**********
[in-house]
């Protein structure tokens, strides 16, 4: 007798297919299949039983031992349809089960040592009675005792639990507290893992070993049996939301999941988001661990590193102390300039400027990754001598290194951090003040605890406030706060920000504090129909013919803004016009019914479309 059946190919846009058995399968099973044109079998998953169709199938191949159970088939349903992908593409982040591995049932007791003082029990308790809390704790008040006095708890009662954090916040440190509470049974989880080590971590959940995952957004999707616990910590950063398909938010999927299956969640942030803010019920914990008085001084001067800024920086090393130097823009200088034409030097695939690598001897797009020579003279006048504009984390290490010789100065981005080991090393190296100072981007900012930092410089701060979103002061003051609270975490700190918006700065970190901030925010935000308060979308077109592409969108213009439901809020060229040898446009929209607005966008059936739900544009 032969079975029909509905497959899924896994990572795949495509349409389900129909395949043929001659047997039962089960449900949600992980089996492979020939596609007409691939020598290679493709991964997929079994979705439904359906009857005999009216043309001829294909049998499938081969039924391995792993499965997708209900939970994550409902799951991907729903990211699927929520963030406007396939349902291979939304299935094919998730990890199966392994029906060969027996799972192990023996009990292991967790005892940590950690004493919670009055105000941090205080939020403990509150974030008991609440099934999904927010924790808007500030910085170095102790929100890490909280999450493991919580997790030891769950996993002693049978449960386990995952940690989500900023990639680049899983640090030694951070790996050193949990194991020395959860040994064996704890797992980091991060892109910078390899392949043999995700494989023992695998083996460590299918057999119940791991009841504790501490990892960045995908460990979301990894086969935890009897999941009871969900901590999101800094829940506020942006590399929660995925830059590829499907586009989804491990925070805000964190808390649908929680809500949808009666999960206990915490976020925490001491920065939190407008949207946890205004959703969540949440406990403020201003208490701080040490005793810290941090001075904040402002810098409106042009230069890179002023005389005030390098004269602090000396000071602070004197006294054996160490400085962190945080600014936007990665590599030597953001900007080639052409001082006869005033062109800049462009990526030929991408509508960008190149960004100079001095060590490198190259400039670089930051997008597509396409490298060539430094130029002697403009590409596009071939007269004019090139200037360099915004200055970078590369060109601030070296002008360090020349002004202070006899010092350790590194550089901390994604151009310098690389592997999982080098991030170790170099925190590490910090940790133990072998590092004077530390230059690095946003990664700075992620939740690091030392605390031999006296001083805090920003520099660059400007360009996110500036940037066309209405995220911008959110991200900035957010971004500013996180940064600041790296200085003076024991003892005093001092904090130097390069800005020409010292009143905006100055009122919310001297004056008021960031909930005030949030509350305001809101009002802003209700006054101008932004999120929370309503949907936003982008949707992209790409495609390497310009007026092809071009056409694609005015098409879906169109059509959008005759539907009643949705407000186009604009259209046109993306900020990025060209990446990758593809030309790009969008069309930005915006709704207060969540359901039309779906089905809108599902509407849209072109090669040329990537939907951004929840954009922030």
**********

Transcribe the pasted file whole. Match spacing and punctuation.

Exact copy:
[in-house]
């Protein structure tokens, strides 16, 4: 007798297919299949039983031992349809089960040592009675005792639990507290893992070993049996939301999941988001661990590193102390300039400027990754001598290194951090003040605890406030706060920000504090129909013919803004016009019914479309 059946190919846009058995399968099973044109079998998953169709199938191949159970088939349903992908593409982040591995049932007791003082029990308790809390704790008040006095708890009662954090916040440190509470049974989880080590971590959940995952957004999707616990910590950063398909938010999927299956969640942030803010019920914990008085001084001067800024920086090393130097823009200088034409030097695939690598001897797009020579003279006048504009984390290490010789100065981005080991090393190296100072981007900012930092410089701060979103002061003051609270975490700190918006700065970190901030925010935000308060979308077109592409969108213009439901809020060229040898446009929209607005966008059936739900544009 032969079975029909509905497959899924896994990572795949495509349409389900129909395949043929001659047997039962089960449900949600992980089996492979020939596609007409691939020598290679493709991964997929079994979705439904359906009857005999009216043309001829294909049998499938081969039924391995792993499965997708209900939970994550409902799951991907729903990211699927929520963030406007396939349902291979939304299935094919998730990890199966392994029906060969027996799972192990023996009990292991967790005892940590950690004493919670009055105000941090205080939020403990509150974030008991609440099934999904927010924790808007500030910085170095102790929100890490909280999450493991919580997790030891769950996993002693049978449960386990995952940690989500900023990639680049899983640090030694951070790996050193949990194991020395959860040994064996704890797992980091991060892109910078390899392949043999995700494989023992695998083996460590299918057999119940791991009841504790501490990892960045995908460990979301990894086969935890009897999941009871969900901590999101800094829940506020942006590399929660995925830059590829499907586009989804491990925070805000964190808390649908929680809500949808009666999960206990915490976020925490001491920065939190407008949207946890205004959703969540949440406990403020201003208490701080040490005793810290941090001075904040402002810098409106042009230069890179002023005389005030390098004269602090000396000071602070004197006294054996160490400085962190945080600014936007990665590599030597953001900007080639052409001082006869005033062109800049462009990526030929991408509508960008190149960004100079001095060590490198190259400039670089930051997008597509396409490298060539430094130029002697403009590409596009071939007269004019090139200037360099915004200055970078590369060109601030070296002008360090020349002004202070006899010092350790590194550089901390994604151009310098690389592997999982080098991030170790170099925190590490910090940790133990072998590092004077530390230059690095946003990664700075992620939740690091030392605390031999006296001083805090920003520099660059400007360009996110500036940037066309209405995220911008959110991200900035957010971004500013996180940064600041790296200085003076024991003892005093001092904090130097390069800005020409010292009143905006100055009122919310001297004056008021960031909930005030949030509350305001809101009002802003209700006054101008932004999120929370309503949907936003982008949707992209790409495609390497310009007026092809071009056409694609005015098409879906169109059509959008005759539907009643949705407000186009604009259209046109993306900020990025060209990446990758593809030309790009969008069309930005915006709704207060969540359901039309779906089905809108599902509407849209072109090669040329990537939907951004929840954009922030």